If Roberts had given a moment’s serious thought to this framing issue — as opposed to just groping around for things to which he could object — he would have understood why the Splinterites’ direction words could not be translated into the English compass points. Zak has come to realise that the Splinter is moving in a circle around a distant point, the Hub. Once this celestial geometry has been spelt out to us, we might usefully visualise the situation by imagining the Splinter’s orbit as the equator of a vast sphere, to which we attach analogous directions to those we attach to the surface of the Earth. But that’s not how ordinary Splinterites think.

To the Splinterites before Zak, the concepts shomal, junub, rarb and sharq refer solely to the pattern of weights, because they know about nothing else; if these terms had been presented to the reader instead as north, south, east and west, it would have strongly suggested either of two false things: that the Splinterites had some pre-existing concept of their world lying on an orbit-embracing sphere, or — even more confusingly to the reader — that the sphere spanned by these directions was the Splinter itself, and if you kept going east in the Splinter you would, as on the Earth, end up where you started. On the Splinter, if you keep going rarb you hit the Incandescence.

A few reviewers complained that they had trouble keeping straight the physical meanings of the Splinterites’ directions. This leaves me wondering if they’ve really never encountered a book before that benefits from being read with a pad of paper and a pen beside it, or whether they’re just so hung up on the idea that only non-fiction should be accompanied by note-taking and diagram-scribbling that it never even occurred to them to do this. I realise that some people do much of their reading with one hand on a strap in a crowded bus or train carriage, but books simply don’t come with a guarantee that they can be properly enjoyed under such conditions.

Roberts goes on to tell us how ugly he finds the choice of direction words; I don’t expect someone with his limited cultural horizons to recognise the joke behind them, but the hundreds of millions of humans who would might raise an eyebrow at the claim of ugliness. (I’ve transliterated as “rarb” a word that is usually rendered “gharb”, but you can imagine how Roberts would have gagged on that. And be prepared for some he-couldn’t-possibly-have-meant-that moments if you Google “junub”; a more common transliteration is “janoub”.)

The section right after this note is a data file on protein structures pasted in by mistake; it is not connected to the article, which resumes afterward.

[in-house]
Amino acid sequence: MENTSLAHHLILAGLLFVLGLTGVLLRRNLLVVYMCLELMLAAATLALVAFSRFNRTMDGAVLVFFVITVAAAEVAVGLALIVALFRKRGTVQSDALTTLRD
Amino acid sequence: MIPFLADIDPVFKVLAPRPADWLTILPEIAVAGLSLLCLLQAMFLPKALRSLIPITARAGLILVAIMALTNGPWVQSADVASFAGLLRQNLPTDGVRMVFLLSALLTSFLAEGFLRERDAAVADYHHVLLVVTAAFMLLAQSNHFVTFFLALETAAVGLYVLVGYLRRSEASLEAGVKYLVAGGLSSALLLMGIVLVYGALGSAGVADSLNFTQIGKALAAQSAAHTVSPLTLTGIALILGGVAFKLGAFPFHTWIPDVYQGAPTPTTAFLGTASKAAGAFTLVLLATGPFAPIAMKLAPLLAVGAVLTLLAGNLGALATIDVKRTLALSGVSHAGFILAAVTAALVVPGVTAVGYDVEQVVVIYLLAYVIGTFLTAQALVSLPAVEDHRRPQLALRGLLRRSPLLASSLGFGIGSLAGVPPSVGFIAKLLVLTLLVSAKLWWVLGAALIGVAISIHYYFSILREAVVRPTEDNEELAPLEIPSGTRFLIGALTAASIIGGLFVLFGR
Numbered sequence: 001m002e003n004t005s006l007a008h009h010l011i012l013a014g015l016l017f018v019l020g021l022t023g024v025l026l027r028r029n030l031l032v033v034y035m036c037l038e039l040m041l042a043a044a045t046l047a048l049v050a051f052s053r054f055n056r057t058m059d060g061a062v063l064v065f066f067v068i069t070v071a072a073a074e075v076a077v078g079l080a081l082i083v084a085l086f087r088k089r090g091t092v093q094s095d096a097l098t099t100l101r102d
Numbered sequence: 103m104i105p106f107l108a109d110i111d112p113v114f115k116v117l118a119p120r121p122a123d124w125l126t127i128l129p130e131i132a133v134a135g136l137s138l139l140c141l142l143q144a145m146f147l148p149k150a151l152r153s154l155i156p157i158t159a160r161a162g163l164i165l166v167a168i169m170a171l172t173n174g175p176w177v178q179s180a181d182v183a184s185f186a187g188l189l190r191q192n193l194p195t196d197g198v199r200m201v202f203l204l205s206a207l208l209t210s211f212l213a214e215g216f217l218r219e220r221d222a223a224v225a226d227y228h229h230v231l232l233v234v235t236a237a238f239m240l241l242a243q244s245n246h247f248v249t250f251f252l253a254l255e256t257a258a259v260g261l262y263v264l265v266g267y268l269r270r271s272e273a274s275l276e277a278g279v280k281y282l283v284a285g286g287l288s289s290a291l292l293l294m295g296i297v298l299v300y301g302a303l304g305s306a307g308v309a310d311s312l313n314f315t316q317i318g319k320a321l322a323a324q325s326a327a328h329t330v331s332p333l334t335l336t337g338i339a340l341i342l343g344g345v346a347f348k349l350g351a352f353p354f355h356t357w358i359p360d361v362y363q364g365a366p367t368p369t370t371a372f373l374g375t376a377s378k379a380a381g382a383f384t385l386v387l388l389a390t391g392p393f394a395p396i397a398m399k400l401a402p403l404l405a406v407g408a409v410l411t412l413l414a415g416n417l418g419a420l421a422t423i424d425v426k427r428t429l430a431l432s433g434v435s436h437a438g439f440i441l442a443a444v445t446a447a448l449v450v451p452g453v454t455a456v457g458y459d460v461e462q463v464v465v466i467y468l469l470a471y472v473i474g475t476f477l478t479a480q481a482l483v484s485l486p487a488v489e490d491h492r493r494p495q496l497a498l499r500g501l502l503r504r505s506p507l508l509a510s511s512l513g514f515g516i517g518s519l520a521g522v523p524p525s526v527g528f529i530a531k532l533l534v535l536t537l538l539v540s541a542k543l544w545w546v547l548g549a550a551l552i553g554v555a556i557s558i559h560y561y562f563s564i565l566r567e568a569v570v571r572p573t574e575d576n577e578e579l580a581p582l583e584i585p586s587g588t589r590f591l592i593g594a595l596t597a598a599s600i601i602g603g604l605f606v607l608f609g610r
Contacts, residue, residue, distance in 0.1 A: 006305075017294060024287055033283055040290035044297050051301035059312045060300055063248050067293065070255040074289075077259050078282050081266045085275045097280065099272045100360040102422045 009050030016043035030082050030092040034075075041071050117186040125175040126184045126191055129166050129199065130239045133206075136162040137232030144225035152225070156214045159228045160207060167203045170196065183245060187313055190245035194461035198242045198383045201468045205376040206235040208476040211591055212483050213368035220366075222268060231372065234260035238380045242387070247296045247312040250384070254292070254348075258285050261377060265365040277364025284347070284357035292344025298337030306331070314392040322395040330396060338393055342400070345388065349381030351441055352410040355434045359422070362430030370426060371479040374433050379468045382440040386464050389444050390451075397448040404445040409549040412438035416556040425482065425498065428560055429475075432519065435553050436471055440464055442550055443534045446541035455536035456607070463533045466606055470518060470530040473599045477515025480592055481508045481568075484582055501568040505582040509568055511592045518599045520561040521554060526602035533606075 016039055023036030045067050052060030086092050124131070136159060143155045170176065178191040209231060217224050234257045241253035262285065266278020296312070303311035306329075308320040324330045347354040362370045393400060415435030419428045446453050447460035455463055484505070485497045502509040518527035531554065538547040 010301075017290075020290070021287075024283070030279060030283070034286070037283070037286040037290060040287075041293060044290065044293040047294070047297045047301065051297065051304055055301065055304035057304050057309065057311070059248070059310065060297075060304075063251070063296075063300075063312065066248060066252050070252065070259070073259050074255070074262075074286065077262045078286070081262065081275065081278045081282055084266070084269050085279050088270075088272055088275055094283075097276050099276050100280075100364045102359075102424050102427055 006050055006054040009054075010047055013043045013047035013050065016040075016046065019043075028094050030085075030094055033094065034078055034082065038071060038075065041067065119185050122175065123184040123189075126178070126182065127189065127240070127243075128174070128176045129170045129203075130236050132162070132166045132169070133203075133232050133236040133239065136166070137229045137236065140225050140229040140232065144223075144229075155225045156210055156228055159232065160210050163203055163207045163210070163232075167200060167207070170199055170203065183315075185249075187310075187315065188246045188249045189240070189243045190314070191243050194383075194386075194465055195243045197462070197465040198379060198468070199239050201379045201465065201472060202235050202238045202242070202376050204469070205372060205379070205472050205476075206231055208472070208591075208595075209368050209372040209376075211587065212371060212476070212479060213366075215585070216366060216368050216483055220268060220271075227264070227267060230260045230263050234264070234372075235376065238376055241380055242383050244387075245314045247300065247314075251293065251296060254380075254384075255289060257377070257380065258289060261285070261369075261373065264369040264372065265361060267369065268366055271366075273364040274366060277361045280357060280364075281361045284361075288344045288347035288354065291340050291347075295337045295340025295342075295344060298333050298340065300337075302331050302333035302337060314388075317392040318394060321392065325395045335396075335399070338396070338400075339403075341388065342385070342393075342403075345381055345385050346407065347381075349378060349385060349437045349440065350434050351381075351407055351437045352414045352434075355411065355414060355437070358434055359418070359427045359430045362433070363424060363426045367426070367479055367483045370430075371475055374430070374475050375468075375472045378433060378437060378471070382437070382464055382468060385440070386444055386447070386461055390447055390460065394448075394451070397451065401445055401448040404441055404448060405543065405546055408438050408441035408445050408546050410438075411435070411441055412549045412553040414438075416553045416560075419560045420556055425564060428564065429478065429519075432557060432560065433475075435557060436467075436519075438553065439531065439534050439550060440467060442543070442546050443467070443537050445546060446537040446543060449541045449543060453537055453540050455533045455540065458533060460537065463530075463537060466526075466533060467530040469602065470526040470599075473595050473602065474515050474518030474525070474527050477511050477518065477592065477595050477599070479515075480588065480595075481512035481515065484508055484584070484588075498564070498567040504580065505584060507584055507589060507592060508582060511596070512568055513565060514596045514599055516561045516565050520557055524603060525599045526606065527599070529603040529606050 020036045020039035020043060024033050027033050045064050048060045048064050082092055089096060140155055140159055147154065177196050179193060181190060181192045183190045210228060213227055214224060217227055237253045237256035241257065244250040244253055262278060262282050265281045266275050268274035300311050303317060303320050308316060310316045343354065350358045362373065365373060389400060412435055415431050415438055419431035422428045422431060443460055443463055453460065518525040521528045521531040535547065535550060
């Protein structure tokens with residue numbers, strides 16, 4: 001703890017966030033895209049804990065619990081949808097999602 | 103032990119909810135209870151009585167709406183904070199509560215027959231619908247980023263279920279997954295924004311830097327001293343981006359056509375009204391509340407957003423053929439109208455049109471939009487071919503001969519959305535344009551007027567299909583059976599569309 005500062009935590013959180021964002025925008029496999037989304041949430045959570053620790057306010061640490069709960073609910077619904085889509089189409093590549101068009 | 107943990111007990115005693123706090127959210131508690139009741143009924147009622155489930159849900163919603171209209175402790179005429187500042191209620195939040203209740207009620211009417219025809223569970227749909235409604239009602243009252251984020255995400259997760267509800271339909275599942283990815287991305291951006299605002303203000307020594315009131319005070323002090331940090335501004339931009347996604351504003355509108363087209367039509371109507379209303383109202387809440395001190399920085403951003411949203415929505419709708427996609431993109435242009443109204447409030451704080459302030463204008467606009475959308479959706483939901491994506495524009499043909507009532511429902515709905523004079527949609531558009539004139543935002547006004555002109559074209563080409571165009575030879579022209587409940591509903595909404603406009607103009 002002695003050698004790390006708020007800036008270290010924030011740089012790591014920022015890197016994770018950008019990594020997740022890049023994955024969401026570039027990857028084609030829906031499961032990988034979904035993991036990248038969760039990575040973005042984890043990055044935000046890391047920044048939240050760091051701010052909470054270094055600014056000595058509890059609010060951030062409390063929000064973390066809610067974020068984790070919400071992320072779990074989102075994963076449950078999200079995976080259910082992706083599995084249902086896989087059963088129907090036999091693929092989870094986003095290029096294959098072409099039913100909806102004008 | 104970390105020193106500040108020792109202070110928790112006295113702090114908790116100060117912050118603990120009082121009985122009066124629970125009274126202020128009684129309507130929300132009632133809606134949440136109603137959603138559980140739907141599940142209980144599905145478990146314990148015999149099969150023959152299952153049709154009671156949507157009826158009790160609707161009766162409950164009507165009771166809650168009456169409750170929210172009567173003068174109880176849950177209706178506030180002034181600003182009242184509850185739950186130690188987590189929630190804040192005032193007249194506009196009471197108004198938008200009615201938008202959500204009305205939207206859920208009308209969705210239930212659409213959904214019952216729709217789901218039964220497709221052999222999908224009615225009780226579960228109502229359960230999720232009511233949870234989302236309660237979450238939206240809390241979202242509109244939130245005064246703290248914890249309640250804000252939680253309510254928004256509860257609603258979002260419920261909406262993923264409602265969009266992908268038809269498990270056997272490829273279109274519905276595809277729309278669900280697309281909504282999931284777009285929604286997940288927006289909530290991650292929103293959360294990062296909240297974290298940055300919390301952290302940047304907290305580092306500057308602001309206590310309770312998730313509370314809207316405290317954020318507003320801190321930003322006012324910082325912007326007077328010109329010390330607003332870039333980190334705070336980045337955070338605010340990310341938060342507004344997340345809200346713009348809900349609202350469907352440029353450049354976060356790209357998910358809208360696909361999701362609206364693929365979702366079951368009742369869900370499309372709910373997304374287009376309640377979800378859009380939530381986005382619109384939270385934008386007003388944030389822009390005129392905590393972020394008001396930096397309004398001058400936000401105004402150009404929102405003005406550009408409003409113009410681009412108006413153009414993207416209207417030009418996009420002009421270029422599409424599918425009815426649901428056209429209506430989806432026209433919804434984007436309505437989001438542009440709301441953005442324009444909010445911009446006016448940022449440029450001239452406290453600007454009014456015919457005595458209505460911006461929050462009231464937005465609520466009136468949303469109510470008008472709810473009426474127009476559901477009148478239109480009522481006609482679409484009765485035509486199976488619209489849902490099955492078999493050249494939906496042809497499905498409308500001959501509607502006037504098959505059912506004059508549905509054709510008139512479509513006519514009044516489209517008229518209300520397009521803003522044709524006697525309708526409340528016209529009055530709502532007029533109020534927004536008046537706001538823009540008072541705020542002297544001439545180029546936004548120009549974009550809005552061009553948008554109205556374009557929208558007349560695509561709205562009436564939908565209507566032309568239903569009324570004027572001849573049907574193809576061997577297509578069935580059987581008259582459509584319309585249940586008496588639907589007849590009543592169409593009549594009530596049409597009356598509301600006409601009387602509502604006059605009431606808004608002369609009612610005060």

Roberts picks some desperate nits about jelly babies and rice surviving into the far future. If he’d taken a stand and declared his unshakeable conviction that not one of our descendants would indulge in such arbitrary and meaningless pleasures as eating chilli and rice after the year X, I wouldn’t agree with him, but at least he would have stated a basis on which the events in the book were supposed to be so improbable and anachronistic. As it is, he’s just tossing peanuts, padding out the review with gripes in the hope that it will seem more substantial than it is.

But the pinnacle of desperation comes close to the end, when Roberts quotes some unexceptionable passages from the book describing Roi’s mating with a few male Splinterites. His problem is that most readers of the review would find nothing wrong with these scenes, so he goes on — surreally — to invent a parodic excerpt from Henry James’s The Golden Bowl, in which human sex is described in comically clinical detail.

Yes, these are the heights to which possessing a PhD in English will elevate your critical powers: if passage A doesn’t actually ring false just invent something that does, and pretend that the two are equivalent. Any high school student or undergraduate who tried this in an essay would be failed.

Roi’s species does not attach the same emotional and cultural values to mating as humans do. As Roberts understands perfectly well, most of what makes his invented passage so ridiculous actually turns on those values. Without the misdirection of his faux-James, the suggestion that Roi wouldn’t ponder the mechanics of the mating process loses all force; once she emerges from the buzz of cooperation, she is alert, inquisitive and reflective about everything around her, and there is nothing to compel her to treat this any differently.

That it is the raw world around her that passes constantly through Roi’s mind is what Roberts really can’t bear; to him, such an engagement with reality is unspeakably vulgar and trivial. It’s his right to feel that way, and to share his feelings with anyone who’s interested, but it’s a shame he can’t summon up the courage of his convictions and present this response without the adornment of contrived arguments, special pleading, and rhetorical strategies as laughably dishonest and incompetent as those on display here.

References

[1] Alan Turing: the Enigma by Andrew Hodges, Vintage, 1992.